US intercepts Russian bombers near Alaska for second time in two days

U.S. fighter jets Tuesday intercepted Russian bombers and other aircraft off the coast of Alaska for the second time in two days.

The North American Aerospace Defense Command (NORAD) said in a statement that four F-22 stealth jets intercepted two Russian Tu-95 bombers Tuesday that had crossed into the Alaskan Air Defense Identification Zone, which covers approximately 200 miles off Alaska's western coast.

The bombers returned to the area with two Su-35 fighter jets and were again intercepted.

“The Russian aircraft remained in international airspace and at no time entered U.S. or Canadian sovereign airspace,” NORAD tweeted.

“NORAD has intercepted an avg of approx. six to seven Russian sorties entering its ADIZ since Russia resumed long range aviation patrols in 2007. This is the 4th and 5th intercepts this year and the 2nd day in a row that Russia has flown into the Alaskan ADIZ.”

Tuesday’s incident came just hours after U.S. fighter jets intercepted six Russian military planes in the ADIZ Monday.

The Russian Defense Ministry said Tuesday its bombers were making “scheduled sorties” over neutral waters above the Chukchi, Bering and Okhotsk seas and off the western coast of Alaska and the northern coast of the Aleutian Islands.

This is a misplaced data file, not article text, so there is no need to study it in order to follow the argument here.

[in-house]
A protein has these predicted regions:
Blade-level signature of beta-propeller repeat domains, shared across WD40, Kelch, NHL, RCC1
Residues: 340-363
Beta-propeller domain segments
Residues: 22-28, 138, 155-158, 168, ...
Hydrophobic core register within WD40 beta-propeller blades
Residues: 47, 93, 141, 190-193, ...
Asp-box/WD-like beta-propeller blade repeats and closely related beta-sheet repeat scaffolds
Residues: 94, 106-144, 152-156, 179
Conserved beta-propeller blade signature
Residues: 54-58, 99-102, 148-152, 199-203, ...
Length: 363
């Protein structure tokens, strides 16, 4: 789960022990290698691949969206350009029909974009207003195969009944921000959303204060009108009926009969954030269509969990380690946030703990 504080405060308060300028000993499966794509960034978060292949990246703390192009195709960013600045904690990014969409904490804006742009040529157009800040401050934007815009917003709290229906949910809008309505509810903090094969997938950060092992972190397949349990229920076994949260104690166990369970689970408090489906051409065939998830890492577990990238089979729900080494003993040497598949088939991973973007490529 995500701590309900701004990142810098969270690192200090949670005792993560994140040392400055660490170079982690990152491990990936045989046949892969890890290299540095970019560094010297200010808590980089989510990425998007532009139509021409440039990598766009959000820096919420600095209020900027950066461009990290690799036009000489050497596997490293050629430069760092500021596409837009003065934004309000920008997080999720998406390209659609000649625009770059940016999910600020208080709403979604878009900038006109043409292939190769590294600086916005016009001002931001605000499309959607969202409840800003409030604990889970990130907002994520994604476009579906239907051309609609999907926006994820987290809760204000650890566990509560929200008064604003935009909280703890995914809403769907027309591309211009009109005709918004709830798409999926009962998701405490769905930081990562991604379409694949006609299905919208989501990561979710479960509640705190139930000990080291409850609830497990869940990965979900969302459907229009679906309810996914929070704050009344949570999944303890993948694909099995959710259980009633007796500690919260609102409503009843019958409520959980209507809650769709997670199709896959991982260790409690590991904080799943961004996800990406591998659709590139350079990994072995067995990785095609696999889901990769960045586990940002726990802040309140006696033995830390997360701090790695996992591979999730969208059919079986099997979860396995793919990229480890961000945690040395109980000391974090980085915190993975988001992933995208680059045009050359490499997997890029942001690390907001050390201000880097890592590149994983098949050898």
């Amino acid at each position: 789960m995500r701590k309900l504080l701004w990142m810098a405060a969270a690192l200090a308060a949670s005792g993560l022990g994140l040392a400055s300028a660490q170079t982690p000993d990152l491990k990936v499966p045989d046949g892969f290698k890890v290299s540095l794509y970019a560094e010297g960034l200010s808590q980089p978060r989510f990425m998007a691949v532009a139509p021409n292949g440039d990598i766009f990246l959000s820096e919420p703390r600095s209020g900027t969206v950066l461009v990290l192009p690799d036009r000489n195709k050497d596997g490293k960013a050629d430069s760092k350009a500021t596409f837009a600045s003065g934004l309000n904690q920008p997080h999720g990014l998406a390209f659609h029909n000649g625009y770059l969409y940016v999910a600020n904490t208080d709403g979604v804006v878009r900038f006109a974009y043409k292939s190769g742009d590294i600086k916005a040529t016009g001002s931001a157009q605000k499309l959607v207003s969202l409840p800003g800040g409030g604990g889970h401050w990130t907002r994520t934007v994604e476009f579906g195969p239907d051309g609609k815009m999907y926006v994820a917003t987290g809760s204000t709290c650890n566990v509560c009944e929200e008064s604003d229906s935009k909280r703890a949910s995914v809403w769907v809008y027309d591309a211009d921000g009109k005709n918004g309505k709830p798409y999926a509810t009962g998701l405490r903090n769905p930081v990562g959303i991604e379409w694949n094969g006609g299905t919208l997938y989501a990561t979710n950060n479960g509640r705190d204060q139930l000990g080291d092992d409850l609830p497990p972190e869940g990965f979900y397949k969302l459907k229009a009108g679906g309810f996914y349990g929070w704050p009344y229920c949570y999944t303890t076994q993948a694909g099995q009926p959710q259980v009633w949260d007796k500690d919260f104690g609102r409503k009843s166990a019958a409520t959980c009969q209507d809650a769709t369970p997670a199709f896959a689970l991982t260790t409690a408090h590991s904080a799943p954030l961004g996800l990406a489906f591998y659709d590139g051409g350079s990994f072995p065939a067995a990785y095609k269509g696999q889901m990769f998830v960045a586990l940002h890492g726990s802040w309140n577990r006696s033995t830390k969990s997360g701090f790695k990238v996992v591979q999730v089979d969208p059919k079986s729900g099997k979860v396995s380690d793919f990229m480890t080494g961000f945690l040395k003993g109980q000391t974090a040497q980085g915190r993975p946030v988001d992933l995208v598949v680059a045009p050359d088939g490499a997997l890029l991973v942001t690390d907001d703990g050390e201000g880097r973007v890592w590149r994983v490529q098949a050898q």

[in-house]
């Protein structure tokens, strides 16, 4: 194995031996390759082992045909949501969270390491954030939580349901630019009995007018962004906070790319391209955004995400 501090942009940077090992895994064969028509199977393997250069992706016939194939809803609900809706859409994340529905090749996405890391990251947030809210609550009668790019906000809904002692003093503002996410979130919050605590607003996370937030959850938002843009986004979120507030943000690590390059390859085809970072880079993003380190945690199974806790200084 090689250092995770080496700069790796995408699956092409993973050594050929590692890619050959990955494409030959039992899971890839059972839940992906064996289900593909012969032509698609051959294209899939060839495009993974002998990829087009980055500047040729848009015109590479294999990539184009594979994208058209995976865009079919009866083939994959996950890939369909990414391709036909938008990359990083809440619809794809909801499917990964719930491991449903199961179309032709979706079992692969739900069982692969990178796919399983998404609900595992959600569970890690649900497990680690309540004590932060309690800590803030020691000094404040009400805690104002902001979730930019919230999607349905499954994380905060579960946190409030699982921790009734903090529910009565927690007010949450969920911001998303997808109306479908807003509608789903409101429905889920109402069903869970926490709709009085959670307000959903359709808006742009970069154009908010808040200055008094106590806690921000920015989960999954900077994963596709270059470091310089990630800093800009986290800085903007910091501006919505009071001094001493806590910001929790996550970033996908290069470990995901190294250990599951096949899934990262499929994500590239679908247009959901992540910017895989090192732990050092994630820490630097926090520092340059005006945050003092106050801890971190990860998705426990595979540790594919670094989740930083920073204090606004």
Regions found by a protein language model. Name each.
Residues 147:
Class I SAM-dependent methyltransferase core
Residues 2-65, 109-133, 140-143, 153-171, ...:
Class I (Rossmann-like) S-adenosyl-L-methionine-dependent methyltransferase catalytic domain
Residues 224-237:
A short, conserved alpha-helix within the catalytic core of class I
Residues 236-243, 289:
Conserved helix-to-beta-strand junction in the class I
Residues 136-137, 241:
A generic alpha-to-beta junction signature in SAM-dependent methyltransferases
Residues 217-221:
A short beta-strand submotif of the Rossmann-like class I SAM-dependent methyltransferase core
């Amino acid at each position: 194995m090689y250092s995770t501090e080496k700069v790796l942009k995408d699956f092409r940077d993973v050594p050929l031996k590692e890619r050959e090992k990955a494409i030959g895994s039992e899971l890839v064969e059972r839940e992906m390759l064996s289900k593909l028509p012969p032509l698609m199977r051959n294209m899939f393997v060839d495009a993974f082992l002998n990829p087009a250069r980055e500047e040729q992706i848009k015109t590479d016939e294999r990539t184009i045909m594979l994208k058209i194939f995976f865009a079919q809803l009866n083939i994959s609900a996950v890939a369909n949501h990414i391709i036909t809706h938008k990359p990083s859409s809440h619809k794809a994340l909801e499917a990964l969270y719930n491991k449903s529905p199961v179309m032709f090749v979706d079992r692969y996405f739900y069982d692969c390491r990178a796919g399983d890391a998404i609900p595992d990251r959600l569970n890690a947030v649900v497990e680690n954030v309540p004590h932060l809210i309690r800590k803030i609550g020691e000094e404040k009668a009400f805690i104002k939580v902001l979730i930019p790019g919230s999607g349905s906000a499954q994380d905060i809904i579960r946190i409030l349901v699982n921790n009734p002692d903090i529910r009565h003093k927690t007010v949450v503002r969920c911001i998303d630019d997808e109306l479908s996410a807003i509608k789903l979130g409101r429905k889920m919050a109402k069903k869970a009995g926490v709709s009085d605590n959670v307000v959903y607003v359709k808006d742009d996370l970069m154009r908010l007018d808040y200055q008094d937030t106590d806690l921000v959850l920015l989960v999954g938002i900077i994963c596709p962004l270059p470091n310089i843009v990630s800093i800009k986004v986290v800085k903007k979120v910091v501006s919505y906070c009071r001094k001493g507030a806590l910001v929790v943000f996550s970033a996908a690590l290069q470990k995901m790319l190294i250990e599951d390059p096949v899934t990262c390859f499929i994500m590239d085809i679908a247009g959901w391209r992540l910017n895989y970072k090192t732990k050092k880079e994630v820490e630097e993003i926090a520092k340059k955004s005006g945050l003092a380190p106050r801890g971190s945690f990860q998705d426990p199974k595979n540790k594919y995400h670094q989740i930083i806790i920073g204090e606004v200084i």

The Russian bomber flights were restarted in 2007 as Moscow sought to boost the capabilities of its military. The U.S. armed forces view the sorties as part of Russia’s efforts to prepare for a potential clash and an attempt to portray strength to adversaries.

“Our ability to deter and defeat threats to our citizens and vital infrastructure starts with detecting, tracking, and positively identifying aircraft our airspace. We are on alert 24 hours a day, seven days a week, 365 days a year,” NORAD wrote in a tweet Tuesday after news broke of the first interception.
Dan Butcher

Dan Butcher is the editor and publisher of High Plains Pundit. Dan is also the host of the popular High Plains Pundit Podcast.

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